Riot Square Sanctificare

Beautiful women become victims of political conflict and their images become sainted.

In February, beauty queen Genesis Carmona was shot to death during a protest in Caracas. Some reported she was killed by pro-government militias. Some government officials claim she was shot by protesters. Her lips, wrapped around a breathing tube, became a symbol of the brutality of the Maduro regime. People had been killed before, by both sides. But this was a beautiful girl, obviously innocent.

Beauties and battles go together like war and lies. Causes are personified as women — Columbia, Marianne — bare-breasted babes leading men to the slaughter. The word “bombshell” is derived from the actresses painted on the sides of bombers, a painted prayer looked to by soldiers for encouragement, reassurance.

The Iranian government killed between 27 and 150 people in the protests following the 2009 election (because Iran did not allow independent observers, the number is in dispute). Many were murdered by the basij, or volunteer militiamen. A 26-year-old woman, Neda Agha-Solton, was one of them.

A fellow protester filmed her dying. It was posted by Arash Hejazi, a doctor who tried to save her. Time called it the “most widely witnessed death in human history.”

Five years later, you can still watch Neda die on YouTube. Again and again, a group of men will attempt CPR. The blood will leak from Neda’s mouth. Her searching eyes will go blank. You press play and add yourself to 1,628,679 viewers of this one copy of Neda’s execution. You watch, are helpless, watch again.

Those who knew Neda described her as apolitical, an aspiring musician with dreams of working as a tour guide in Turkey. But in death, Neda meant rebellion. She was youth and innocence, stamped out far too soon, a symbol of all those killed by the state.

The international media misidentified her as Neda Soltani on Facebook; their faces looked similar enough. Neda became an icon of the Green Revolution. Soltani had to flee Iran.

Neda was a bridge character for Western media, which was never good at understanding mass movements, but always loves a photogenic face.

Carmona and Neda are the latest in martyr pinups, their attacks preserved and thus producing a new iconography. Beautiful women as protest memes.

2011’s blue-bra girl was from Tahrir Square’s post-revolutionary hangover. A policeman’s foot was caught one second before coming down on her bare stomach; an abaya was pulled over her face. 2013 saw the woman in the red dress in Gezi Park, wincing in a jet of mace. In 2011, high-ranking NYPD police officer Anthony Bologna pepper-sprayed two white girls at Occupy Wall Street. Their slender arms clawed the air as they fell to their knees in pain. These pepper-sprayed girls won Occupy international sympathy. Few other women — organizers in Turkey, the power brokers and candidates in Ukraine and Venezuela, even the journalists documenting attacks on themselves and other women in Egypt — have drawn the same uncritical adoration.

Renaissance masters painted the church’s female martyrs as beauties, all gold hair and curves. Inevitably killed by pagans as revenge for their Christian virginity, these girls praised God through pincers and flames. Their deaths gained Jesus god knows how many converts. In paintings, the martyrs look salon-fresh as they offer up symbols of their torture. Saint Agatha smiles coyly — presenting her severed breasts on a plate.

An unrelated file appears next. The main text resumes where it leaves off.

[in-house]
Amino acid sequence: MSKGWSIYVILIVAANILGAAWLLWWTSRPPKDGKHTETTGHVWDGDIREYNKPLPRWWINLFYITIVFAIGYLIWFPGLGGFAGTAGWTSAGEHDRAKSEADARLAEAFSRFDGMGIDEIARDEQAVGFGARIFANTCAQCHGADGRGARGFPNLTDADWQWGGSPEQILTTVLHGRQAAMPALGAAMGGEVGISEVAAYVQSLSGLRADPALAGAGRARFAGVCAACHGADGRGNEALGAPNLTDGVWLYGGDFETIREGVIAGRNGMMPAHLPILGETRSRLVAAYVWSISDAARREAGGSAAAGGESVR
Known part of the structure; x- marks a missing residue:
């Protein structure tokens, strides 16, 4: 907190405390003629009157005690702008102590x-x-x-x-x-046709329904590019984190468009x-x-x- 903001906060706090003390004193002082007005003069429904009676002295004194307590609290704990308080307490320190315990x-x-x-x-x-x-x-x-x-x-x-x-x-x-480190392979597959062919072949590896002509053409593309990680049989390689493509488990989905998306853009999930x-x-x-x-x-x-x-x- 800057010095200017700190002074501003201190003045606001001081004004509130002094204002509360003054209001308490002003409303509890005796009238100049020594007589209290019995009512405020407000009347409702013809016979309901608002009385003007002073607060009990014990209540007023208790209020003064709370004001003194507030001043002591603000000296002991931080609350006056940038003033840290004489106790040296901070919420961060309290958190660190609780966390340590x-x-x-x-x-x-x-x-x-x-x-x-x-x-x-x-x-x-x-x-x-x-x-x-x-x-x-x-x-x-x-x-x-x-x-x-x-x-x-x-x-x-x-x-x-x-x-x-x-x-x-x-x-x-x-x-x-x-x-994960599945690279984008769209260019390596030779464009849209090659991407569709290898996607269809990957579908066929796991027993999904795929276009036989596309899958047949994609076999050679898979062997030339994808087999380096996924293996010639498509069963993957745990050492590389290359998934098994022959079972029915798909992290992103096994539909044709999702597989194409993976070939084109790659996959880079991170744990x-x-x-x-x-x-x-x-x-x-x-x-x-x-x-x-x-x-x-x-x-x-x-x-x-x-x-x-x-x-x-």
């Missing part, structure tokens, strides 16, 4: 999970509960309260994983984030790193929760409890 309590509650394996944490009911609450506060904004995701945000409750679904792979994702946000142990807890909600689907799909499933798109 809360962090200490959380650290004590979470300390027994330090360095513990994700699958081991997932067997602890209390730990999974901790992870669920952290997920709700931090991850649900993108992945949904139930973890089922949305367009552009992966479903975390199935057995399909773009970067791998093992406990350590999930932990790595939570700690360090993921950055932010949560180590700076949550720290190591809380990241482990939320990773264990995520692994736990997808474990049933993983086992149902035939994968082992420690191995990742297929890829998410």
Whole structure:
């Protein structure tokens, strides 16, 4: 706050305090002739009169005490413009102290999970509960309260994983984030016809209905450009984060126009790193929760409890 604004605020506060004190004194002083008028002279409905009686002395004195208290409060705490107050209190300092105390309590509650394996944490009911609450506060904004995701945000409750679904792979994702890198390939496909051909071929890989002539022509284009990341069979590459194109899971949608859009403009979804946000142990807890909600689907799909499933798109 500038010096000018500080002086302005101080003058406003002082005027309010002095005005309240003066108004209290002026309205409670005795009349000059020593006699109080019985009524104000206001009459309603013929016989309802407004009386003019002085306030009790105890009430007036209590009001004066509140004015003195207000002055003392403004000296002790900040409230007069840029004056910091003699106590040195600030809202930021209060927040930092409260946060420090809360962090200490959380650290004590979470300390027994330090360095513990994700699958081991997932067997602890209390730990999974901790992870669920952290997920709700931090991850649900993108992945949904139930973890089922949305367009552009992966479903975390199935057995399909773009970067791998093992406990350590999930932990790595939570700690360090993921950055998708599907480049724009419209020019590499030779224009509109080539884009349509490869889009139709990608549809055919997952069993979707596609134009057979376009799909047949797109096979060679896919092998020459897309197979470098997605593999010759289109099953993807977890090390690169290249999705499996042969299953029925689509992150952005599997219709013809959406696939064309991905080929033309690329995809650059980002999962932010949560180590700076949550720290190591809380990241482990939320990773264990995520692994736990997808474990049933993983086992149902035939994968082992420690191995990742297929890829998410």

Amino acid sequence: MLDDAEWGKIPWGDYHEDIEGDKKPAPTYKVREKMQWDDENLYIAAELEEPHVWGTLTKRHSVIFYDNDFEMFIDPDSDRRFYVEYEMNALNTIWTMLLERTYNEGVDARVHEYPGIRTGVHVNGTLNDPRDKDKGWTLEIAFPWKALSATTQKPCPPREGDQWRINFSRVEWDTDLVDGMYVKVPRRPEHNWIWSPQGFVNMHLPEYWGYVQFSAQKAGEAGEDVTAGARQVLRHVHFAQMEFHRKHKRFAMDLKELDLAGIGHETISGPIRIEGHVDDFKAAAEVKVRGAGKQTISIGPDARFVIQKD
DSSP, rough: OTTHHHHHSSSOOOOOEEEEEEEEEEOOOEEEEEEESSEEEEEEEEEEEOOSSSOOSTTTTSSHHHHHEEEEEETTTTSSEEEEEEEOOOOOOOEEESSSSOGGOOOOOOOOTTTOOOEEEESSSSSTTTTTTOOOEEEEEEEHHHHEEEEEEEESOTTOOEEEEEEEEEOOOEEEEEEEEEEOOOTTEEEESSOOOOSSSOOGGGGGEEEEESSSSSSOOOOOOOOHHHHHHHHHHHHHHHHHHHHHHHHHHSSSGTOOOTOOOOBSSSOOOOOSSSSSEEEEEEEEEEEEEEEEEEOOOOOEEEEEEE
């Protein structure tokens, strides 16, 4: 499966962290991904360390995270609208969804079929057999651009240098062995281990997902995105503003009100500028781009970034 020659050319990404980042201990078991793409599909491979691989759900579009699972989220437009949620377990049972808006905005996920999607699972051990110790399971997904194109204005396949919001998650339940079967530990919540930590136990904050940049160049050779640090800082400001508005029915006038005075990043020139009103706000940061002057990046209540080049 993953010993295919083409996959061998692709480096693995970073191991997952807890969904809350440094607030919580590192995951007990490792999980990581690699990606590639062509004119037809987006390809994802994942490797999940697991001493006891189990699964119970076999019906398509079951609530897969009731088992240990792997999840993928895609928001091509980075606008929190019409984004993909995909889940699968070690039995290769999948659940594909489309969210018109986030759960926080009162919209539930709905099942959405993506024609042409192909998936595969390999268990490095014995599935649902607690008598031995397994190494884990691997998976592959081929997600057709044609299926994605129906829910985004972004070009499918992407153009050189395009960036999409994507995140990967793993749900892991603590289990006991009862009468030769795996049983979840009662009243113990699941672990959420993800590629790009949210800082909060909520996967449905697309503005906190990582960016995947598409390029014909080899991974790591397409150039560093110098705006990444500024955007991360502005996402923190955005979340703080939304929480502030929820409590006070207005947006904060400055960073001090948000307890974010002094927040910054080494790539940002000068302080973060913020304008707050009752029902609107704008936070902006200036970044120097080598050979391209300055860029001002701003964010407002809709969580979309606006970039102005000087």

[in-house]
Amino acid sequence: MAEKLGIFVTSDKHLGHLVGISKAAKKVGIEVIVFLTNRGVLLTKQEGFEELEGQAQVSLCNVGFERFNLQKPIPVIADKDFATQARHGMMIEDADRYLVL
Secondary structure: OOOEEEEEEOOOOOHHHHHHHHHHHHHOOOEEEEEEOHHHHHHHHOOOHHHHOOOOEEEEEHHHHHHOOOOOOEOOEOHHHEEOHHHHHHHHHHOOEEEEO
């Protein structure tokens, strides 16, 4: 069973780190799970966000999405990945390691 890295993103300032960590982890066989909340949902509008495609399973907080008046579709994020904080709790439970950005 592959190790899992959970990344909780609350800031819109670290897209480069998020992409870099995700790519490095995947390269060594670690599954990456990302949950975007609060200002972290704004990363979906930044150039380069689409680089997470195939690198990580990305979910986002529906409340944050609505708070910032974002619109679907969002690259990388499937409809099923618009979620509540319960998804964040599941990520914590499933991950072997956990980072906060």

Saint Lucy’s eyes shine no less bright, though they’re pulled out of her head.

The most poignant beauty is beauty destroyed, because it’s a loss for us too — the beauty hungry. Like the tatters in the French flag held by Marianne, symbol of the republic, a beautiful woman’s suffering makes her cause seem all the more right. Our cause. Our suffering.

In war, men are seen as combatants, women as victims — even if the woman was a revolutionary, and the man a military-aged one whose wedding convoy passed beneath a drone. Women are grouped semantically with children, as passive receptacles for pain. Their fellow protesters breath tear gas and run from bullets. They hold up these women as their own, and mourn them among their cause’s dead. They want to show what the state has done.

For online consumers of the resulting images, the women’s suffering is the element of a conflict that those far removed from the conflict can still access. Blue-bra girl. Woman in the red dress. Their anonymity allows our role in the production of tragedy. Their pain can serve the classical, psychological purpose of tragedy — catharsis.

Once viral, their images lose politics, lose geography, lose protest. They continue to resonate for what they gain: our sustained gaze. Like saints before them, protest’s girl martyrs are famous not because of what they did but because of what was done to them.

Genesis Carmona joins Saint Lucy and Saint Agatha. She now embodies both the cause itself and the reason it should continue. She is pure, as no living being could be. In Venezuela, Carmona’s face adorns protest banners. Below portraits of saints, worshippers light candles. Carmona lives forever in the blue glow of the cameraphone.

CORRECTION: The BBC did not report that Genesis Carmona was killed by pro-government militias, the post has been updated to reflect that.

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